Losers of three straight and seeking a spark, the Clippers hoped this night would represent a turnaround.
In one sense, that is exactly what took place.
After four quarters of their most ineffective, uncompetitive basketball of this season, the Clippers were spun around in circles so easily during a disastrous, 122-91 display in Denverthat as the midway point of the season rapidly approaches, their season appears as though it is now heading backwards.
For weeks coach Tyronn Lue has preached the importance of patience as a roster rocked by injuries to the point it has played four games at full strength, and just 15 with both Kawhi Leonard and Paul George healthy, locks into the right combination of players and playing style.
The most worrisome Thursday was that against a Nuggets team tied for first in the Western Conference, nothing came close to working. For several weeks Lue has endured criticism from fans over his substitution patterns and lineup combinations featuring three or more small guards. It led the coach to shoulder blame Wednesday while adding that: “I know what I’m doing, but I need to see more from our whole team and then kind of assess it from there.”
Yet what happened Thursday wasn’t about schematics as much as it was about habits.
“We went to the drawing board three or four times,” during the first half, Lue said, and none of it made a difference.
Lue has wanted to see his team open games with a “defensive mindset” for the last two weeks. On Thursday, any such mindset evaporated into the mile-high air as soon as tipoff. Denver made as many three-pointers — 11 — as the Clippers made overall field goals in the first half.
During the first half the Clippers allowed 19 consecutive points to Denver and trailed by as many as 38 — and most damningly, the deficit grew even as Nikola Jokic, the two-time most valuable player, scored only three points, and Michael Porter Jr. contributed zero.
“It’s one thing to lose,” center Ivica Zubac said, “and another thing to lose like this.”
Just as he had 12 months earlier when the Clippers trailed Washington by 35 points, Lue benched his starters out of halftime. It was true that the Clippers were due to tip off in Minnesota less than 24 hours later, and that George was already playing on a tender hamstring, making the rest valuable. That was on Lue’s mind when he made the decision to start a lineup of Luke Kennard, Norman Powell, Terance Mann, Amir Coffey and Moses Brown in the second half. John Wall was unavailable to play as the team rested him to play Friday.
But so was the fact that the starters had also shown little to justify more playing time. In the first half, they combined to make nine of their 31 shots, including two of their 16 three-pointers. Overall, the Clippers made just three of their 28 shots outside the paint in the first half.
Unlike last season’s historic Wizards comeback, the wholesale halftime substitution led not to a rally but the season’s worst loss by scoring margin. The Clippers made five of their 37 three-pointers. They never led and are now 11-12 against teams in the West.
In the standings only five games separate the Nuggets from the Clippers. Yet the gulf between them currently appears vast. Lue noted multiple times that when the Clippers face Denver next week, the rematch will tell him what the roster is made of. As for what they were made of Thursday, Lue used the word “embarrassment” during his postgame review, but also added that it was not time to “panic.”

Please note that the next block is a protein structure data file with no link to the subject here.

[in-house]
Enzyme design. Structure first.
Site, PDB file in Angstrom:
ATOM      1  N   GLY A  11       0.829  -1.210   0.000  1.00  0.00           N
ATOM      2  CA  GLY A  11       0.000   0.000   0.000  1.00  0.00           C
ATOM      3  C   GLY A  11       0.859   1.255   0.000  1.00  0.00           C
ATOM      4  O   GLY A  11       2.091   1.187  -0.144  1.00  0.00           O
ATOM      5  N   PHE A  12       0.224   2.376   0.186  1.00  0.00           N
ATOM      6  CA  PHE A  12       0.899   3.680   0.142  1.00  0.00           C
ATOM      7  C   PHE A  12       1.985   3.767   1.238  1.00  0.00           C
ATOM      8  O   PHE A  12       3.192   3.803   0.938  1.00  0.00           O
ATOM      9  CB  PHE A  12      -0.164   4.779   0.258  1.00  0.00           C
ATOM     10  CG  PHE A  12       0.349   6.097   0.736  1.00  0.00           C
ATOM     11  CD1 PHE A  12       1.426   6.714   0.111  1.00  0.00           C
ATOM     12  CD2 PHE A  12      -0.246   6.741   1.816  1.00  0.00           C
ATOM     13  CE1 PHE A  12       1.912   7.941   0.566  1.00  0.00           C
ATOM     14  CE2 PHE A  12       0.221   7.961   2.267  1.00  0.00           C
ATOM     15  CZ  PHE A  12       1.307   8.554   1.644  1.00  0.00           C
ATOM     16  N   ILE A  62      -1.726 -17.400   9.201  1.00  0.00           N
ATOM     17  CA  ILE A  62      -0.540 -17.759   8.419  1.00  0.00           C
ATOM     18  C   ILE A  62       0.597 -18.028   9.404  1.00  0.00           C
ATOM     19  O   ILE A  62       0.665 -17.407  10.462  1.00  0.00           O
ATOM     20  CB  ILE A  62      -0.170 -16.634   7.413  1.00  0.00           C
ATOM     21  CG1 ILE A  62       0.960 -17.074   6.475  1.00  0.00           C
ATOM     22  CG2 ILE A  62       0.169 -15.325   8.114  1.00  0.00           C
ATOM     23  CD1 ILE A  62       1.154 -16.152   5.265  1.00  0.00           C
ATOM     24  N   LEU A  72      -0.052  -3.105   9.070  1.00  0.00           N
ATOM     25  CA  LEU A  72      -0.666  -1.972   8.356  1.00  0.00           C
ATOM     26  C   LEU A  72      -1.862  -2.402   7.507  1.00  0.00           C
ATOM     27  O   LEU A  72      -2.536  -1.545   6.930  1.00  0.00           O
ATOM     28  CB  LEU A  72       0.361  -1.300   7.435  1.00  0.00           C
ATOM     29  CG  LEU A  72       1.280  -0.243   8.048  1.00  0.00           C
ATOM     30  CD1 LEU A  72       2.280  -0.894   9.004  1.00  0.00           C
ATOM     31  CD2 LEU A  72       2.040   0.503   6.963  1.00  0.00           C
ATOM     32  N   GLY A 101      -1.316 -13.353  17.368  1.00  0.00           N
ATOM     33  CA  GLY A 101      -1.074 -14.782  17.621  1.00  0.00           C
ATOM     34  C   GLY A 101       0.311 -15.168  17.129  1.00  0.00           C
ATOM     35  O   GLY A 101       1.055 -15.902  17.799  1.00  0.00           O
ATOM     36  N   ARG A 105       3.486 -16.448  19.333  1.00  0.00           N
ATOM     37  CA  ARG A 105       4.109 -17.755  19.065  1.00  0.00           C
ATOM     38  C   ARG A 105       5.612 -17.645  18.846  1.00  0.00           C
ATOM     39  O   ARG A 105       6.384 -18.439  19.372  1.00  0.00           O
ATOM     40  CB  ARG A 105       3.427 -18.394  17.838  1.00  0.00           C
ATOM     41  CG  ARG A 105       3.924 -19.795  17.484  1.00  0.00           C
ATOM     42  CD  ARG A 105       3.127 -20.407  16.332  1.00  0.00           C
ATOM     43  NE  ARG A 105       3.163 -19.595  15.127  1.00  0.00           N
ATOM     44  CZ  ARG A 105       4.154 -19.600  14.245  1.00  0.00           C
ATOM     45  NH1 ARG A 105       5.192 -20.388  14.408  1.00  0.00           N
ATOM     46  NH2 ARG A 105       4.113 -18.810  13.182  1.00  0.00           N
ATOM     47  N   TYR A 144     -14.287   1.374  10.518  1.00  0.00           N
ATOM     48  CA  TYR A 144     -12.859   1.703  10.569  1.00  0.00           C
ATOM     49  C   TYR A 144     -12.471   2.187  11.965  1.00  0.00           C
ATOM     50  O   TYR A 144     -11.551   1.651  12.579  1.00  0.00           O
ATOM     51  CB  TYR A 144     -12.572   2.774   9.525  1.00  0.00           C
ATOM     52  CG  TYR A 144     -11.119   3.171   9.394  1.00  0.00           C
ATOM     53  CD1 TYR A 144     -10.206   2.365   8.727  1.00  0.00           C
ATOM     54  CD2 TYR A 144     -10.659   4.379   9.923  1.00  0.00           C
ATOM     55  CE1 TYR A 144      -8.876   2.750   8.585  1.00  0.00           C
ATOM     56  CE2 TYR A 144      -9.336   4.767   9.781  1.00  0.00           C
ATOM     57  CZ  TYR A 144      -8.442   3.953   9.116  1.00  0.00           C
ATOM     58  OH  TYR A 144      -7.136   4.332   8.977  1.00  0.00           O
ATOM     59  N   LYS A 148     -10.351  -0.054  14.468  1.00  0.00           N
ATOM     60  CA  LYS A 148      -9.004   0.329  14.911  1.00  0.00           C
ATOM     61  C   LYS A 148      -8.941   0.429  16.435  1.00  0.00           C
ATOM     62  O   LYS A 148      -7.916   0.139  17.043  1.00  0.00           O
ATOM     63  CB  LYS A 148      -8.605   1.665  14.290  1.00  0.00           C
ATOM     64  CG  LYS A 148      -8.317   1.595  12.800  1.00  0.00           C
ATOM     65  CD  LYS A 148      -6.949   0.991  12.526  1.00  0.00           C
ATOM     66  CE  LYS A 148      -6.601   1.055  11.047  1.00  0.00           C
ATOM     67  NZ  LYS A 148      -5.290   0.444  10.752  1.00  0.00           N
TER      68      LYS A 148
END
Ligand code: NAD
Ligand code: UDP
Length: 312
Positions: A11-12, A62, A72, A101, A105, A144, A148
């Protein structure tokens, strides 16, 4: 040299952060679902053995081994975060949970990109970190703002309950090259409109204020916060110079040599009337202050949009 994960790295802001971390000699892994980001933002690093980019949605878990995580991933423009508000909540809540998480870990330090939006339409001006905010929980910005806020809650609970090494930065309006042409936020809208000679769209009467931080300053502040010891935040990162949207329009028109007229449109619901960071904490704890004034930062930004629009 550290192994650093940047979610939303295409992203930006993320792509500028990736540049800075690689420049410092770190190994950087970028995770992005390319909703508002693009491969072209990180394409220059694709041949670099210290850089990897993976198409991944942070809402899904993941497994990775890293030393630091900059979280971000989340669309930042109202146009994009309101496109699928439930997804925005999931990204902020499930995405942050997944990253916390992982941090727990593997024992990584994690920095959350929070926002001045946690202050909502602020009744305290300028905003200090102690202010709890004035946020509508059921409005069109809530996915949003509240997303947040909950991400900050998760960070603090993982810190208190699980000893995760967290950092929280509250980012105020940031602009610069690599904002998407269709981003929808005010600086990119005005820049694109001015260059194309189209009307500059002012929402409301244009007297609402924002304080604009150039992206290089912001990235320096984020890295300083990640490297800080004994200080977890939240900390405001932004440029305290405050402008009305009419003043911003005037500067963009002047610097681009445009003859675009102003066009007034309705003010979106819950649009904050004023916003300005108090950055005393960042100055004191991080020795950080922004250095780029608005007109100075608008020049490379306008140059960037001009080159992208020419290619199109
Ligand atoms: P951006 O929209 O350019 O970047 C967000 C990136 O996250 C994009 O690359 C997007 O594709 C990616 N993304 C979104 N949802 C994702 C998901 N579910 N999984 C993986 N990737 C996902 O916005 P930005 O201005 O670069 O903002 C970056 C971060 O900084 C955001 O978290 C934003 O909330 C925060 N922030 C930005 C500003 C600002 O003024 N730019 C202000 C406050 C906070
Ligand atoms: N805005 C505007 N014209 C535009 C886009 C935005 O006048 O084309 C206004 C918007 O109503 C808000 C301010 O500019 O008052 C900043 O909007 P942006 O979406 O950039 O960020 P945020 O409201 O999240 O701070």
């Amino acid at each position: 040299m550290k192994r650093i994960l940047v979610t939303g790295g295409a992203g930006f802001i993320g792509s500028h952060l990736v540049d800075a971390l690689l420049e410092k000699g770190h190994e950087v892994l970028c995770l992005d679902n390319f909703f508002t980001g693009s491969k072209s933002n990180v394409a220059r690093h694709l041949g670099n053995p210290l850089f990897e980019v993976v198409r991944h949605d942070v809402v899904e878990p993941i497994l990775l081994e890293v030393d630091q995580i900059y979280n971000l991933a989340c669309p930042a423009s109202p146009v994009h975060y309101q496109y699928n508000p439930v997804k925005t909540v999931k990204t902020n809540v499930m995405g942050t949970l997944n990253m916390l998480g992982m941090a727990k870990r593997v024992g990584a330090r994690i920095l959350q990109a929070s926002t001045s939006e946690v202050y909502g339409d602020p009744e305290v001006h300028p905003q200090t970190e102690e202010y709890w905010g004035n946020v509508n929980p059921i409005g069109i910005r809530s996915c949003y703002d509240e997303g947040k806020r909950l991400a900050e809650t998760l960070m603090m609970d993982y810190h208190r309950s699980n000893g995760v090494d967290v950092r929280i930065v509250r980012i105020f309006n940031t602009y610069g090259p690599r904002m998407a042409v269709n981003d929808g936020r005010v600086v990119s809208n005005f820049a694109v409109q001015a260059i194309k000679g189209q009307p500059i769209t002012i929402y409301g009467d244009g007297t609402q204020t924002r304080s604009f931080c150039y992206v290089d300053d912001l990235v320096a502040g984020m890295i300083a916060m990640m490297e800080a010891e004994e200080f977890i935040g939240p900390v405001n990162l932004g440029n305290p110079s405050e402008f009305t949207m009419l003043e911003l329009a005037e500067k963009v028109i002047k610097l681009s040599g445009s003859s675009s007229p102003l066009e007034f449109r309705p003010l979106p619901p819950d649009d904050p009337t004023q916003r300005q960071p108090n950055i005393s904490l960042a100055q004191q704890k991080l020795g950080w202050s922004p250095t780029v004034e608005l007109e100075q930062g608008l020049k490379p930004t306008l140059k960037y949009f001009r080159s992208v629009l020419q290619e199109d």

These teams entered this season on a potential collision course. Knee injuries to top Nuggets guard Jamal Murray and Leonard robbed the top-end potential from their team’s respective 2021-22 seasons, but with both healthy, the Nuggets and Clippers were preseason picks to finish near the top of the conference. Leonard and Murray each said they checked in on each other during their recoveries, with Murray saying that when they had recently spoken, his advice to Leonard had been to keep lifting weights.
But so far only Denver has looked like a team of potential Finals caliber, a notion reinforced by Thursday. Leonard finished with six points and George scored three after making one of his nine shots.
When Murray checked out of the first quarter, he scored as many points as the entire Clippers roster. In a season where many of the Clippers’ roadblocks have been out of their control, starting with injuries, they have also been guilty of not handling what is in their control.
“Play harder, play faster, play smarter, move the basketball,” Leonard said. “It’s a lot of hero basketball going on.”
The performance will only continue questions about the team’s direction with five weeks to go before the NBA’s trade deadline.
Point guard Reggie Jackson is, at his core, an optimist. It was there in his answer after Wednesday’s practice that he believes the consistent inconsistency “makes us a little more resilient and it tests us.” He, too, acknowledged the effect of unsettled rotations, but also placed the blame on a team whose core has been together for three seasons.
“We get to find out who we are and shoot, coach gets to mistakenly, or he does purposely, figure out a lot of lineups so I think that gives us an advantage there,” Jackson said. “We know who we are and we kind of know what we do but it’s always on us and that’s one thing we also understand, is a lot of our losses are self-inflicted wounds.”
And this one cut a mile deep.
This story originally appeared in Los Angeles Times.